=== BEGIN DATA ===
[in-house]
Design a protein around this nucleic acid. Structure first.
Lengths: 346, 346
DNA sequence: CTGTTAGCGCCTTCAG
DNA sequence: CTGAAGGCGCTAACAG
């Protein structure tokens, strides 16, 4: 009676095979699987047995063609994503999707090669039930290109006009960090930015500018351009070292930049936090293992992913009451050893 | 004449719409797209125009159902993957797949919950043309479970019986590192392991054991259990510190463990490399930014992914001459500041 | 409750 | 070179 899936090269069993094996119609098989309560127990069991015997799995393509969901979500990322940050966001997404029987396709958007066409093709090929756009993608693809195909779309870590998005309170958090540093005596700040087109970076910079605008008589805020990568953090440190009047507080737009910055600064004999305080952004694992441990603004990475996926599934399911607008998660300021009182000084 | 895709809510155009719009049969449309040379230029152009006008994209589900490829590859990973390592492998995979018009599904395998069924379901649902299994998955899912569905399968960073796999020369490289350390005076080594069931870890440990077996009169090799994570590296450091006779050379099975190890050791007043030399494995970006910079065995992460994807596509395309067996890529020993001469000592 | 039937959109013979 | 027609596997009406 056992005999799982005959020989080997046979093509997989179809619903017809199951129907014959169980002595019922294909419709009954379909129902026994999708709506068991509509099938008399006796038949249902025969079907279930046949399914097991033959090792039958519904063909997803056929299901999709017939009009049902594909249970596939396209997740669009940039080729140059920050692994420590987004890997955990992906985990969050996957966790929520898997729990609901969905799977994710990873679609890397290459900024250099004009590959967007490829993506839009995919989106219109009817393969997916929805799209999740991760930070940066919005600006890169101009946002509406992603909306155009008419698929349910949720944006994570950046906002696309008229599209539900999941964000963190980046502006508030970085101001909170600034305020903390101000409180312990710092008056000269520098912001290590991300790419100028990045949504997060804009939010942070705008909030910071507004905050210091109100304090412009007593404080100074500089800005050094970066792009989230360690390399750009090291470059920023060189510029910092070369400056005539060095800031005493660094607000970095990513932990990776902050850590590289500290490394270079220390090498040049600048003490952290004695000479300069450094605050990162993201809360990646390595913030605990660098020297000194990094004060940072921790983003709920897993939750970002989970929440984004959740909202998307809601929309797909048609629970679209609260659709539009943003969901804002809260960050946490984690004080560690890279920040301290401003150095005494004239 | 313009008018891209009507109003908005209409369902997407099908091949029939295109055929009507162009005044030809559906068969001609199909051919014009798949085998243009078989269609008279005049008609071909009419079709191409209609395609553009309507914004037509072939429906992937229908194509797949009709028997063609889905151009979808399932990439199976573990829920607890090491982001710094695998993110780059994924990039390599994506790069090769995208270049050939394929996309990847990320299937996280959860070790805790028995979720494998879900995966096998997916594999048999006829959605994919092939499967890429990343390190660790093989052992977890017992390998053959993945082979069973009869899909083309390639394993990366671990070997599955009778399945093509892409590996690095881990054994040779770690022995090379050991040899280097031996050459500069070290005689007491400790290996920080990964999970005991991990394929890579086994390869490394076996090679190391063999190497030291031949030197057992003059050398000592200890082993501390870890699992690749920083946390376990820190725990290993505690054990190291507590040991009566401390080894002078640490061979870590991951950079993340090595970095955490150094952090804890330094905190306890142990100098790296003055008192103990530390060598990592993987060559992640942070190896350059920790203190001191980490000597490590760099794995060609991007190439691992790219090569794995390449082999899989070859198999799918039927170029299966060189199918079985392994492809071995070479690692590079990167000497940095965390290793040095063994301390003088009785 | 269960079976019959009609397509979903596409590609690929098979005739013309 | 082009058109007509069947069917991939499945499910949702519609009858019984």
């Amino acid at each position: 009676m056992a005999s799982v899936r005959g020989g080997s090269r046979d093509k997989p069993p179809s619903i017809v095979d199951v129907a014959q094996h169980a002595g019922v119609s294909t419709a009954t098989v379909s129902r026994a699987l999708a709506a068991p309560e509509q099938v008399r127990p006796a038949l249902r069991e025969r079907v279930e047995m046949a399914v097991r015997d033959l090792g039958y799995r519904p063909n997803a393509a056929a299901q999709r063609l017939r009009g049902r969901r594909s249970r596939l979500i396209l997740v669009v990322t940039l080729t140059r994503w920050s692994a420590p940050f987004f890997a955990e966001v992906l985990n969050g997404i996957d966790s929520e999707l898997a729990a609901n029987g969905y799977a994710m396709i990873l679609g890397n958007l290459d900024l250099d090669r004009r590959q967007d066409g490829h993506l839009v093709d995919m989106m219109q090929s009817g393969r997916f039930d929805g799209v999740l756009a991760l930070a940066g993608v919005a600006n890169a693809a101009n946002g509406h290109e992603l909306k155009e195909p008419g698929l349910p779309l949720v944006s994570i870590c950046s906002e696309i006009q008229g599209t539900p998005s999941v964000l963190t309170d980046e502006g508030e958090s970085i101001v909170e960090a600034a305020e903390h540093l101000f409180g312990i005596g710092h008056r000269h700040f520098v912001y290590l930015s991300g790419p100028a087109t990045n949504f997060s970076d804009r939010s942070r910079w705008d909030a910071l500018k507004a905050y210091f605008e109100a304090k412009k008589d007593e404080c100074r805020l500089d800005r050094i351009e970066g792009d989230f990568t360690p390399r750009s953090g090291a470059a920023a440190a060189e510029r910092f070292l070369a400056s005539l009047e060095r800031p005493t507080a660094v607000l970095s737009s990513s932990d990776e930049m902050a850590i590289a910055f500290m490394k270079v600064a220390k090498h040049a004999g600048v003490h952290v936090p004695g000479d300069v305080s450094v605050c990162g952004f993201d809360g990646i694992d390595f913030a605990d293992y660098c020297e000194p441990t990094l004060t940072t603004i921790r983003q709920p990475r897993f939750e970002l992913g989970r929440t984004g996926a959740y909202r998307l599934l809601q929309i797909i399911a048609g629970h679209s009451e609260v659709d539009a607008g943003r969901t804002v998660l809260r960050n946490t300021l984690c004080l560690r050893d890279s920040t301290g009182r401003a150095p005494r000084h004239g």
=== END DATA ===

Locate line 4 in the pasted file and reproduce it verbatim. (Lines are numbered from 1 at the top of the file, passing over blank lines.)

DNA sequence: CTGTTAGCGCCTTCAG